Having been saved by God out of grave dangers we thank Him greatly for taking our side against the king [Antiochus IV Epiphanes]For He drove out those who fought against the holy city. For when the leader reached Persia with a force that seemed irresistible, they were cut to pieces in the temple of Nanea by a deception employed by the priests of Nanea. For under pretext of intending to marry her, Antiochus came to the place together with his friends, to secure most of its treasures as a dowry. When the priests of the temple of Nanea had set out the treasures and Antiochus had come with a few men inside the wall of the sacred precinct, they closed the temple as soon as he entered it. Opening the secret door in the ceiling, they threw stones and struck down the leader and his men, and dismembered them and cut off their heads and threw them to the people outside. Blessed in every way be our God, who has brought judgment upon those who have behaved impiously.

Since on the twenty-fifth day of Kislev we shall celebrate the purification of the temple, we thought it necessary to notify you, in order that you also may celebrate the feast of booths and the feast of the fire given when Nehemiah, who built the temple and the altar, offered sacrifices. For when our fathers were being led captive to Persia [i.e., Babylonia], the pious priests of that time took some of the fire of the altar and secretly hid it in the hollow of a dry cistern, where they took such precautions that the place was unknown to any one.

But after many years had passed, when it pleased God, Nehemiah, having been commissioned by the king of Persia, sent the descendants of the priests who had hidden the fire to get it. And when they reported to us that they had not found fire but thick liquid, he ordered them to dip it out and bring it. And when the materials for the sacrifices were presented, Nehemiah ordered the priests to sprinkle the liquid on the wood and what was laid upon it. When this was done and some time had passed and the sun, which had been clouded over, shone out, a great fire blazed up, so that all marveled. And while the sacrifice was being consumed, the priests offered prayer - the priests and every one. Jonathan led, and the rest responded, as did Nehemiah. The prayer was to this effect: "O Lord, Lord God, Creator of all things, Who art awe-inspiring and strong and just and merciful, Who alone art King and art kind, Who alone art bountiful, Who alone art just and almighty and eternal, Who dost rescue Israel from every evil, Who didst choose the fathers and consecrate them, accept this sacrifice on behalf of all Thy people Israel and preserve Thy portion and make it holy. Gather together our scattered people, set free those who are slaves among the Gentiles, look upon those who are rejected and despised, and let the Gentiles know that Thou art our God. Afflict those who oppress and are insolent with pride. Plant Thy people in Thy holy place, as Moses said." Then the priests sang the hymns.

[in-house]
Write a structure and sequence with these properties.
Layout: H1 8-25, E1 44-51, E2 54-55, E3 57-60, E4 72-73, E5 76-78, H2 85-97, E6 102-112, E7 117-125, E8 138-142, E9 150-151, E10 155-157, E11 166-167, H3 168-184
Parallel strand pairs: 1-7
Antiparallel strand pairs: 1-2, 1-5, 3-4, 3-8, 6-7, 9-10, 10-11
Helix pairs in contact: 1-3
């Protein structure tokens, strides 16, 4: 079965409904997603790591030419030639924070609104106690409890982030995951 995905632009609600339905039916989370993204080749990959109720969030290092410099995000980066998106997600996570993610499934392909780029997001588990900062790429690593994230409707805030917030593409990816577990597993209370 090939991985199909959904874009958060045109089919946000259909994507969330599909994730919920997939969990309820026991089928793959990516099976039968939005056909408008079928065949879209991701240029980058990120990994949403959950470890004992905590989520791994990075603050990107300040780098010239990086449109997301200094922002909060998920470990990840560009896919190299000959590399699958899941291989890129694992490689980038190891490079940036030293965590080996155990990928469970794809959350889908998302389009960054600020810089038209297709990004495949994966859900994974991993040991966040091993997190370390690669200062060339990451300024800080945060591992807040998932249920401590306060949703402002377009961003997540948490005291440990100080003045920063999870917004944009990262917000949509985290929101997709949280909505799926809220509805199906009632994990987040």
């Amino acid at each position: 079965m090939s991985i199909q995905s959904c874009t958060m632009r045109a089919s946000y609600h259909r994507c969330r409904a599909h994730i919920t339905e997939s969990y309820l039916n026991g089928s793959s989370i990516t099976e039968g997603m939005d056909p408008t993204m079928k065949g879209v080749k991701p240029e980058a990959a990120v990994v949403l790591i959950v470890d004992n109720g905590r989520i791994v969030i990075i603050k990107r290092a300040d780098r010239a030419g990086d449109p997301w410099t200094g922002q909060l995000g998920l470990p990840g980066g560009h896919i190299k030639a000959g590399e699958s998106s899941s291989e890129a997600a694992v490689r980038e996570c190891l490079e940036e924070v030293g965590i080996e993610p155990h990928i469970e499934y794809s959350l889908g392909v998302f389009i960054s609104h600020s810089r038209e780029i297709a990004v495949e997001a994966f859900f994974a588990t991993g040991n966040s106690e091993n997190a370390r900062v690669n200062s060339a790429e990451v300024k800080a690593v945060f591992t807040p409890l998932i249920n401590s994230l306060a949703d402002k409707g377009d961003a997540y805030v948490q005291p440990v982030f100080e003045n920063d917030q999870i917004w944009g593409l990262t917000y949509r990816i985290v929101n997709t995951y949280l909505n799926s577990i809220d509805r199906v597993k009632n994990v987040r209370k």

And when the materials of the sacrifice were consumed, Nehemiah ordered that the liquid that was left should be poured upon large stones. When this was done, a flame blazed up; but when the light from the altar shone back, it went out. When this matter became known, and it was reported to the king of the Persians that, in the place where the exiled priests had hidden the fire, the liquid had appeared with which Nehemiah and his associates had burned the materials of the sacrifice, the king investigated the matter, and enclosed the place and made it sacred And with those persons whom the king favored he exchanged many excellent gifts. Nehemiah and his associates called this "nephthar," which means purification, but by most people it is called naphtha. 





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Latest revision: 6 December 2006